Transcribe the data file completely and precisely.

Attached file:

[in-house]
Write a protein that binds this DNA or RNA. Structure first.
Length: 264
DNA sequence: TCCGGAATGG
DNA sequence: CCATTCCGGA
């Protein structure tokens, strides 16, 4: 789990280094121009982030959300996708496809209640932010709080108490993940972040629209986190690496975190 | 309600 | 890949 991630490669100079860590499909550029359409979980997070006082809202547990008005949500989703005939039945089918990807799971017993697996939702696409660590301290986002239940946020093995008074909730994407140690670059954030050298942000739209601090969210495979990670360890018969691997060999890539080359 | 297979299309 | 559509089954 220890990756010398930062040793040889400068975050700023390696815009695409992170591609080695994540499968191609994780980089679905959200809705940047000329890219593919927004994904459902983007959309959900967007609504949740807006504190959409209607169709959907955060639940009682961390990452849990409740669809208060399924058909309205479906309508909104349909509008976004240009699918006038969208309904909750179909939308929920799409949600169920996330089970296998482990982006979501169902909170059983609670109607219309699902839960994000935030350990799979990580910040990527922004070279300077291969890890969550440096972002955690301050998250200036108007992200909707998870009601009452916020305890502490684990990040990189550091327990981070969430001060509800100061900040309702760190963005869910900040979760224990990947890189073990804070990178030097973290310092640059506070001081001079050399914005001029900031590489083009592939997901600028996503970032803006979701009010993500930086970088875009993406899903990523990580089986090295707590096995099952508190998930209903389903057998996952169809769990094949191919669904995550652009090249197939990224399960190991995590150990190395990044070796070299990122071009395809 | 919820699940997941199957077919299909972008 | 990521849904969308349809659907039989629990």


[in-house]
Write a protein that binds this DNA or RNA. Structure first.
Length: 264
DNA sequence: TCCGGAATGG
DNA sequence: CCATTCCGGA
């Protein structure tokens, strides 16, 4: 789990280094121009982030959300996708496809209640932010709080108490993940972040629209986190690496975190 | 309600 | 890949 991630490669100079860590499909550029359409979980997070006082809202547990008005949500989703005939039945089918990807799971017993697996939702696409660590301290986002239940946020093995008074909730994407140690670059954030050298942000739209601090969210495979990670360890018969691997060999890539080359 | 297979299309 | 559509089954 220890990756010398930062040793040889400068975050700023390696815009695409992170591609080695994540499968191609994780980089679905959200809705940047000329890219593919927004994904459902983007959309959900967007609504949740807006504190959409209607169709959907955060639940009682961390990452849990409740669809208060399924058909309205479906309508909104349909509008976004240009699918006038969208309904909750179909939308929920799409949600169920996330089970296998482990982006979501169902909170059983609670109607219309699902839960994000935030350990799979990580910040990527922004070279300077291969890890969550440096972002955690301050998250200036108007992200909707998870009601009452916020305890502490684990990040990189550091327990981070969430001060509800100061900040309702760190963005869910900040979760224990990947890189073990804070990178030097973290310092640059506070001081001079050399914005001029900031590489083009592939997901600028996503970032803006979701009010993500930086970088875009993406899903990523990580089986090295707590096995099952508190998930209903389903057998996952169809769990094949191919669904995550652009090249197939990224399960190991995590150990190395990044070796070299990122071009395809 | 919820699940997941199957077919299909972008 | 990521849904969308349809659907039989629990």